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This is the first in what will become a series of books designedto suggest subjects worthy of discussion with your children as theymature in their curiosity about important life issues. As adults wethink the way adults do, and we often forget how we thought as children. We have forgotten some of our fears, worries, complaints, and confusions, which were products of our innocence and fantasies colliding with real-life experiences ...
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This is the first in what will become a series of books designedto suggest subjects worthy of discussion with your children as theymature in their curiosity about important life issues. As adults wethink the way adults do, and we often forget how we thought as children. We have forgotten some of our fears, worries, complaints, and confusions, which were products of our innocence and fantasies colliding with real-life experiences and challenges.
One of the most important means of showing our children that we love and care about them is to understand how they think and what they feel. In doing so, we reinforce them on their journey through life and give them a solid road map to guide them through life's challenging terrains. The best way to understand and help our children is to talk with them.
Reading Why Do You Love Me? to your children will open the door to incredible and moving discussions on love as both a feeling and a responsibility.
From one parent to another, I hope you'll be moved.
Shalom, Dr. Laura Schlessinger
A young boy asks his mother why she loves him and learns that her love is unconditional.
Sammy's mother finished his bedtime story and kissed him on the tip of his nose. This always made Sammy smile. "I love you," she said.
Sammy smiled again and looked at her.
"Why do you love me?" he asked.
This made Mother smile. "Why do you think I love you?" she asked.
Sammy thought for a moment. "Because I'm so good at karate?" he asked....
"No," said Mother.
"You mean you don't care what I do?" asked Sammy.
"I care very much," said Mother. "I'm proud of you for trying your best, I love to see you having fun.... But these are not the reasons I love you."
"Why not?" asked Sammy.
"Because you don't have to be good at karate, or first in a race, or always neat and tidy for me to love you," said Mother.
Copyright © 1999 HarperCollins Publishers
In her first children's book, acclaimed author and radio personality Laura Schlessinger brings us a heartwarming story about the unconditional love parents have for their children.
Laura Schlessinger: It's so important for parents to talk to and with their children. There are difficult and scary and uncomfortable issues which sometimes leave parents tongue-tied. This series of books will help parents dialogue with their kids in loving, fun, touching, sensitive, and informative ways. This, hopefully, will help the children on their search for truth/life/understanding/et cetera and help bring mom, dad, and bunchkins closer.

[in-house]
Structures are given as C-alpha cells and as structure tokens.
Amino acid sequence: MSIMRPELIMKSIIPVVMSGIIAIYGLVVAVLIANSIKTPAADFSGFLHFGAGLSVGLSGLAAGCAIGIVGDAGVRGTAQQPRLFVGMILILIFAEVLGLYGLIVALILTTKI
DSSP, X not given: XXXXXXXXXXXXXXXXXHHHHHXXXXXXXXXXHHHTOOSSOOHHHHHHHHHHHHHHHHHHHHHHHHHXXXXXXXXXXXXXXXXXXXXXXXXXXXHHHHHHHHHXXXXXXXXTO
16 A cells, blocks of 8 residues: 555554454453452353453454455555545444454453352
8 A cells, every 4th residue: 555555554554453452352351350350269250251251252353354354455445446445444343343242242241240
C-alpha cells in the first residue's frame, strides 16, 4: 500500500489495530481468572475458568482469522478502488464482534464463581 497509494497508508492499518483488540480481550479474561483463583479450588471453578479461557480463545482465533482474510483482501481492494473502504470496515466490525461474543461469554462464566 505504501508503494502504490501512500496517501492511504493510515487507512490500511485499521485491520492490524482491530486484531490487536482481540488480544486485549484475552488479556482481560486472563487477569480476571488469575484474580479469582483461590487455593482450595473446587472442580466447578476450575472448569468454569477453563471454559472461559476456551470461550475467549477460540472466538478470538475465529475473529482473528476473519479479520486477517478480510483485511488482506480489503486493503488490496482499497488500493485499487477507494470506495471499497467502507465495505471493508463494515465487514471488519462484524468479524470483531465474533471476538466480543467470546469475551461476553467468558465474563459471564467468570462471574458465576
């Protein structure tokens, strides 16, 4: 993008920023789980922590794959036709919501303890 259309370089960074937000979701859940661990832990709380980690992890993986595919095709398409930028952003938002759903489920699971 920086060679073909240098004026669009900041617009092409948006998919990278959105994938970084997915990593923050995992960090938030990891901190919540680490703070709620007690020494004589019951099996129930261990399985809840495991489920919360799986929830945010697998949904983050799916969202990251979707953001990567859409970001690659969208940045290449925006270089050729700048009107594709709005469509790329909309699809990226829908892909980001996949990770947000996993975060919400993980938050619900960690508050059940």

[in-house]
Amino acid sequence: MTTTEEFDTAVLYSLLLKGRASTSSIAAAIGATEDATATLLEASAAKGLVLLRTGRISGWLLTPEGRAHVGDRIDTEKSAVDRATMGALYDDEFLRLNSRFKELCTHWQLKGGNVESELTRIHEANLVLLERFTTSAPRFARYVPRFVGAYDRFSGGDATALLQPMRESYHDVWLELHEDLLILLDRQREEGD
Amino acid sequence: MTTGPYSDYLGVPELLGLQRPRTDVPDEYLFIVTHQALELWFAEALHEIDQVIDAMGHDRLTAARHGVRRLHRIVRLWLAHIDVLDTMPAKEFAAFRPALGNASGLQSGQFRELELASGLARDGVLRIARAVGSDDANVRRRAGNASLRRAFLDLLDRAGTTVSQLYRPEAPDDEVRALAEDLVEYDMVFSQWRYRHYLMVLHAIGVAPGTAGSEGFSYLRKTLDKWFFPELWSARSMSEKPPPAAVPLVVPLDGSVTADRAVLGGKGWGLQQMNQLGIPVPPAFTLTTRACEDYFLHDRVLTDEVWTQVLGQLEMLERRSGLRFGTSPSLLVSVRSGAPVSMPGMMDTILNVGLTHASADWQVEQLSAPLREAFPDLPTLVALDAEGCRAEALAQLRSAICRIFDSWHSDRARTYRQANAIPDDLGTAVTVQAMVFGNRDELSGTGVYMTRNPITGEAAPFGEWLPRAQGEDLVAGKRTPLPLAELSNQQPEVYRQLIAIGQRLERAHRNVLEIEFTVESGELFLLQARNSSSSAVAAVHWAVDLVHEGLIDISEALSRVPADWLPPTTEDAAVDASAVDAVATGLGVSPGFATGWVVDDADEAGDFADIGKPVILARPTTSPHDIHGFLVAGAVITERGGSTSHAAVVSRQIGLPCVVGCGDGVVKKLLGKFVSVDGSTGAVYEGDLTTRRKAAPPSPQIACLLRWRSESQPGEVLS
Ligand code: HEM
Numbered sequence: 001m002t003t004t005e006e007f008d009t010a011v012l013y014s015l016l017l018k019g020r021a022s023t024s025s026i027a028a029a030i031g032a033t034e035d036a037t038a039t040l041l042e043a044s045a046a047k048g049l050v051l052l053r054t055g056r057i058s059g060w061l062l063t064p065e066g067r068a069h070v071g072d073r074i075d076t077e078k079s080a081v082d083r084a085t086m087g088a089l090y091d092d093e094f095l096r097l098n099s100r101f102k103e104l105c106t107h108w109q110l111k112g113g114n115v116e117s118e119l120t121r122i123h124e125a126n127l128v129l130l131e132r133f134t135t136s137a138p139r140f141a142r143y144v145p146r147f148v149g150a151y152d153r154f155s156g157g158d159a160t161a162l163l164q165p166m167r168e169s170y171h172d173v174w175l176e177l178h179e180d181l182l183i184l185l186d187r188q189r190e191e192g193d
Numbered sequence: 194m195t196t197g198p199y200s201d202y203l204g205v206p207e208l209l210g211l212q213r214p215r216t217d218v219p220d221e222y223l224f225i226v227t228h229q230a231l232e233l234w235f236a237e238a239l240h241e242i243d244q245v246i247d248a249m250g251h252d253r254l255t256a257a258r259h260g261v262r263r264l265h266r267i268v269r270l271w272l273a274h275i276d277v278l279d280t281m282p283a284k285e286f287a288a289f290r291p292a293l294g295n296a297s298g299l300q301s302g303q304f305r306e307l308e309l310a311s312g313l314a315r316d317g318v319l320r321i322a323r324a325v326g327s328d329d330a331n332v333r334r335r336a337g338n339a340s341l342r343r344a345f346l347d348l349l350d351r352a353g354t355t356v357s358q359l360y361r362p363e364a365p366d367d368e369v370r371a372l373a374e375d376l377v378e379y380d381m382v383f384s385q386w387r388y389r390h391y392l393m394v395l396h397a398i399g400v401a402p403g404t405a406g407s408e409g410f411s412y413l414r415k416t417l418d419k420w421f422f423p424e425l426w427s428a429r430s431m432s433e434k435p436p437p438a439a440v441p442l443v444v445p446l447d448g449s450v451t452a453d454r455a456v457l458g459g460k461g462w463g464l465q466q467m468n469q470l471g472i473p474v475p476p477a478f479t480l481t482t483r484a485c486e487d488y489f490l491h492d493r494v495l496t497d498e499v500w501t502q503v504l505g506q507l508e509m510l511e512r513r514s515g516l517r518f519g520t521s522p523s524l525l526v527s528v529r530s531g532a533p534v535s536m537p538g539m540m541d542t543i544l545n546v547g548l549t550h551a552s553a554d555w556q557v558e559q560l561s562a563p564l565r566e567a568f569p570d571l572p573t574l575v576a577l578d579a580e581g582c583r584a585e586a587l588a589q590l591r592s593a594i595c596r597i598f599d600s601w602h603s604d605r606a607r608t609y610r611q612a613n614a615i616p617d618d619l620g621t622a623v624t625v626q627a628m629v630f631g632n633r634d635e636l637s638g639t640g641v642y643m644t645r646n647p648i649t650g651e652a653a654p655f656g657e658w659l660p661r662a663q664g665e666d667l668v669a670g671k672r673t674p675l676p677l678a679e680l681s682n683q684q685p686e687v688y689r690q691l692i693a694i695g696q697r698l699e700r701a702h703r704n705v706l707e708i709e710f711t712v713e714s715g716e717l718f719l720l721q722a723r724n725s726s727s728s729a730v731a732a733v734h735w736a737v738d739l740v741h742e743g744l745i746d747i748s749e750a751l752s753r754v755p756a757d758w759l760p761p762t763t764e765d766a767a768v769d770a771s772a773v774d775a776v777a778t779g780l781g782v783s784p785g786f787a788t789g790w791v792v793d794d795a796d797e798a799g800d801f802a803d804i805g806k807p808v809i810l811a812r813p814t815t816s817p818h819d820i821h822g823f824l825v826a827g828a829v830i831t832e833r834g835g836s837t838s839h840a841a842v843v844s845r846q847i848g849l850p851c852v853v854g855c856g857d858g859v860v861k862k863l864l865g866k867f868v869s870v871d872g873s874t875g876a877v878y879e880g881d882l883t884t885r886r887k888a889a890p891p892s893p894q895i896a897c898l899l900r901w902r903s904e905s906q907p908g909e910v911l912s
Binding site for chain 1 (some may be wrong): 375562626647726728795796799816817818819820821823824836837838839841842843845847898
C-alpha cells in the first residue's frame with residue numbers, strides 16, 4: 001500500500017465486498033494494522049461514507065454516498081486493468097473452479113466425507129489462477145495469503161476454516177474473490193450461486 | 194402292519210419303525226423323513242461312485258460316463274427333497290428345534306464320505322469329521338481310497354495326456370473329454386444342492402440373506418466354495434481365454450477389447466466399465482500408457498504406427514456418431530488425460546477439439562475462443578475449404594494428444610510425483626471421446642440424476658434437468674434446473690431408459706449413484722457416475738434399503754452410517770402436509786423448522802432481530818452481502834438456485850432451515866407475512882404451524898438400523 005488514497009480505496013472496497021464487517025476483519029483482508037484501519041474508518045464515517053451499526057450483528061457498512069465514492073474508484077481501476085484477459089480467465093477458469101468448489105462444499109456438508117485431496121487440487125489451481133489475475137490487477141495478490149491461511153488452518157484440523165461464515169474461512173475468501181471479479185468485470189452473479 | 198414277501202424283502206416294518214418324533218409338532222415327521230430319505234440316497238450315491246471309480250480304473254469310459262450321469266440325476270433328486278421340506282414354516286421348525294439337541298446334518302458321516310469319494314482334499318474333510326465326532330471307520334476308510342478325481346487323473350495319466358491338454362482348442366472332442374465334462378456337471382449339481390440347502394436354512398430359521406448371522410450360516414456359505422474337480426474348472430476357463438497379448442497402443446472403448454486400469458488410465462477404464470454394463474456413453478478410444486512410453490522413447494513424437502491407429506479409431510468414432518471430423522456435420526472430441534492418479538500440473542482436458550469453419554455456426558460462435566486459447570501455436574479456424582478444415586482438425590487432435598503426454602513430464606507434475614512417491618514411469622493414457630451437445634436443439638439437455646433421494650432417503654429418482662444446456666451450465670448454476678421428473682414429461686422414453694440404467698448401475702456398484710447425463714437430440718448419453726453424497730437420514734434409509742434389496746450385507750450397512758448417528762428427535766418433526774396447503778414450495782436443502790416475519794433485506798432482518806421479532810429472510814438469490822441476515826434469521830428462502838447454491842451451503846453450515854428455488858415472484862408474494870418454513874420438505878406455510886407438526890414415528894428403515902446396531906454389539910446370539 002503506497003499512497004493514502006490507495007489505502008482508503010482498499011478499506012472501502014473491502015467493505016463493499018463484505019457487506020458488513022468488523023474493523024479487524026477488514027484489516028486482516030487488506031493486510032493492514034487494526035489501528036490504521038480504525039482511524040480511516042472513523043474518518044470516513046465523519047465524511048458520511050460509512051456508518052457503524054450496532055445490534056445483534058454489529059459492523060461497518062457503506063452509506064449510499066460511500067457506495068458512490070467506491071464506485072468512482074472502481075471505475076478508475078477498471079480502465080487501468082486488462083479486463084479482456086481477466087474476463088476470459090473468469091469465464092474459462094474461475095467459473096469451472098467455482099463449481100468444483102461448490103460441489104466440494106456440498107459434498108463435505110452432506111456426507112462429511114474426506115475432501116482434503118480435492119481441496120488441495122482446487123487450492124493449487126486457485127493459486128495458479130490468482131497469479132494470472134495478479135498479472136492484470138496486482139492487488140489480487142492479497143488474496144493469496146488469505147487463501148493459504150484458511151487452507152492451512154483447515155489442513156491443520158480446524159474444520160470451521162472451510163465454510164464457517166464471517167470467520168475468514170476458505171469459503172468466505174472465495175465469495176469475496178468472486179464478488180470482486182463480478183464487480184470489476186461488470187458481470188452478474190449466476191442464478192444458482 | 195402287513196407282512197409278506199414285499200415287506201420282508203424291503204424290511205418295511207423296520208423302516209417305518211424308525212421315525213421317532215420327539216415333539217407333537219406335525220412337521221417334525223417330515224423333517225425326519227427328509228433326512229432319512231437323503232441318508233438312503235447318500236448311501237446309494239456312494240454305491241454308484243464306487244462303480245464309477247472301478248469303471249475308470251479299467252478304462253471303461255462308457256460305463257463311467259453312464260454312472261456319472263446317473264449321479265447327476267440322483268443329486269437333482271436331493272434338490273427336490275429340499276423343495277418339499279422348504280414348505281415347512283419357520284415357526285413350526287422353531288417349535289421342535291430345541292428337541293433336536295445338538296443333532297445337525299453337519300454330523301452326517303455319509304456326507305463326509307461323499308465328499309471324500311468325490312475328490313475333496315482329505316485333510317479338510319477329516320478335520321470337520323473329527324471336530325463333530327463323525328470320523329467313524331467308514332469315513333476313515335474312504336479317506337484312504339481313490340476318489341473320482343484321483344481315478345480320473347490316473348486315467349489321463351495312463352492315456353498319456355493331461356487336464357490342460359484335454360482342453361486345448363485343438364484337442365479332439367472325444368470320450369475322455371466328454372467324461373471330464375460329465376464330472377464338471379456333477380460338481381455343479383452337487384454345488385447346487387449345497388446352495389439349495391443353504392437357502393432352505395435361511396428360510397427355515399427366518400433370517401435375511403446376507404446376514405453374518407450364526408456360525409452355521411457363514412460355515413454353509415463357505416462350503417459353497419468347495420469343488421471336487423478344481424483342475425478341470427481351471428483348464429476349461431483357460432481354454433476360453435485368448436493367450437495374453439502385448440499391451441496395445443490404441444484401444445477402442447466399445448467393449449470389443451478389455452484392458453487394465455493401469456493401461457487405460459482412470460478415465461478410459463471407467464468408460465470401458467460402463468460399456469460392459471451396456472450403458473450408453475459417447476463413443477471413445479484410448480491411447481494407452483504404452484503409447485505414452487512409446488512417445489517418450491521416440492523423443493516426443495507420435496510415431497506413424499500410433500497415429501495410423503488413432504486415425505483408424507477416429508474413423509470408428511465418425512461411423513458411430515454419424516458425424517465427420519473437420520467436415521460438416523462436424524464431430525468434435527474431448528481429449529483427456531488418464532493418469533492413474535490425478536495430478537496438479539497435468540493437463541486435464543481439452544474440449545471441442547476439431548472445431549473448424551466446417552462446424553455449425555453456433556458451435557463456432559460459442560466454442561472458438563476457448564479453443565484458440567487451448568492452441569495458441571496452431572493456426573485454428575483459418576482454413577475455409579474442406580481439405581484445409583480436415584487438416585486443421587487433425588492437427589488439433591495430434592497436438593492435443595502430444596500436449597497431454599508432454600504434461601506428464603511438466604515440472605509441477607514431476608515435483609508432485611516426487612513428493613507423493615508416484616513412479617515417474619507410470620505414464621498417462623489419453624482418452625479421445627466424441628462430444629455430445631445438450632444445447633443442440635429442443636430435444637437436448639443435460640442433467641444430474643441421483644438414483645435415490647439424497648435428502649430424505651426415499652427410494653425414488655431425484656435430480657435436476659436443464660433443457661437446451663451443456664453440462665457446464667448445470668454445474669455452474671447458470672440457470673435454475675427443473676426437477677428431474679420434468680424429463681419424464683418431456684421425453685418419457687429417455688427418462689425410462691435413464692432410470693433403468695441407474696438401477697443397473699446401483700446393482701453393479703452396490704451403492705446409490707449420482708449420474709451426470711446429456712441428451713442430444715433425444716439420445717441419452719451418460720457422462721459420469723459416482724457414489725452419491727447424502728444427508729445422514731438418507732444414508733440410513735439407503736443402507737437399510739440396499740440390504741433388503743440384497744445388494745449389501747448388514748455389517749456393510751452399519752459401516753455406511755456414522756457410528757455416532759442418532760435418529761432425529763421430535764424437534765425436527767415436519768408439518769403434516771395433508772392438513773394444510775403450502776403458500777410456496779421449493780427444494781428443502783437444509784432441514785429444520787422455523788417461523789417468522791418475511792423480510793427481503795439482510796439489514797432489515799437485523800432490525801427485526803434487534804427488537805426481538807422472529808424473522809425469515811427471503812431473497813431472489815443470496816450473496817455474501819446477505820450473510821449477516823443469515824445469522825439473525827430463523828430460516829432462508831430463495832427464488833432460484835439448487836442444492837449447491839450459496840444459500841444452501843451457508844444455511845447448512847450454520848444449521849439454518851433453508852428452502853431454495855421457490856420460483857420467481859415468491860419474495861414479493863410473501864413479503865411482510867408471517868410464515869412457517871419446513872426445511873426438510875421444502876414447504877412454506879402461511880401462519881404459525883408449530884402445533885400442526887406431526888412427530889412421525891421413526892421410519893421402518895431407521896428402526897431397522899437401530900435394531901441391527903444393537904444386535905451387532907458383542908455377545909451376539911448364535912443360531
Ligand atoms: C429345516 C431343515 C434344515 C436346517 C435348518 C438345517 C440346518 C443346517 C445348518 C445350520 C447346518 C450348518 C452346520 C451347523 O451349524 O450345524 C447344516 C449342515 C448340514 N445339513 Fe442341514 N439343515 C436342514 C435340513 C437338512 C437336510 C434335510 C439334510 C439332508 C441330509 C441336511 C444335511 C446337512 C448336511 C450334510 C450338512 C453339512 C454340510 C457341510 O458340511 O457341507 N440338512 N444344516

Laura Schlessinger: Of course! This book is a way for parents to learn to dialogue with their kids about things/feelings/behaviors they may not be sure or comfortable about.
Laura Schlessinger: I came up with this idea over seven years ago after a discussion (impromptu) with my son Deryk. At the time I had never written any kind of book and enlisted the assistance of Martha Lambert (a friend of mine from a TV show) who had written children's material. I told her what to "say," and she put it on paper. In the interim I have learned how to "do it by myself" and will be writing solo from now on.
Laura Schlessinger: This book is the first of a series (the next is BUT I WAAANNT IT!). This is the age range (three to seven or eight) in which it is so important to teach the values necessary for life. Later is too late!
Laura Schlessinger: Sammy will be getting a little sister...and as time goes on you'll meet the extended family, neighbors, et cetera.
Laura Schlessinger: Oh, G-d -- do you want a book? All kidding aside, we adults take "stuff" for granted -- ideas/feelings that we imagine they must know or understand. Questions about morality, G-d, behaviors under interesting dilemma-filled moments, et cetera. There is no end.
Laura Schlessinger: Mr. Cat. Notice -- sometimes he looks "stuffed" and sometimes he looks "alive." Ohhhhhhh.
Laura Schlessinger: This "share" nonsense is so destructive to children. Parents are supposed to teach and role-model. They are not supposed to burden their children with their peccadillos, problems, naughty history, et cetera. These are adult burdens.
Laura Schlessinger: Dan McFeeley was recommended by a mutual acquaintance. He did some demo pictures, and I thought he perfectly caught my point and personality.
Laura Schlessinger: Covetousness, sibling rivalry, fear, courage, loyalty, compassion, generosity, death, obligation, vows, commitments, promises, rage....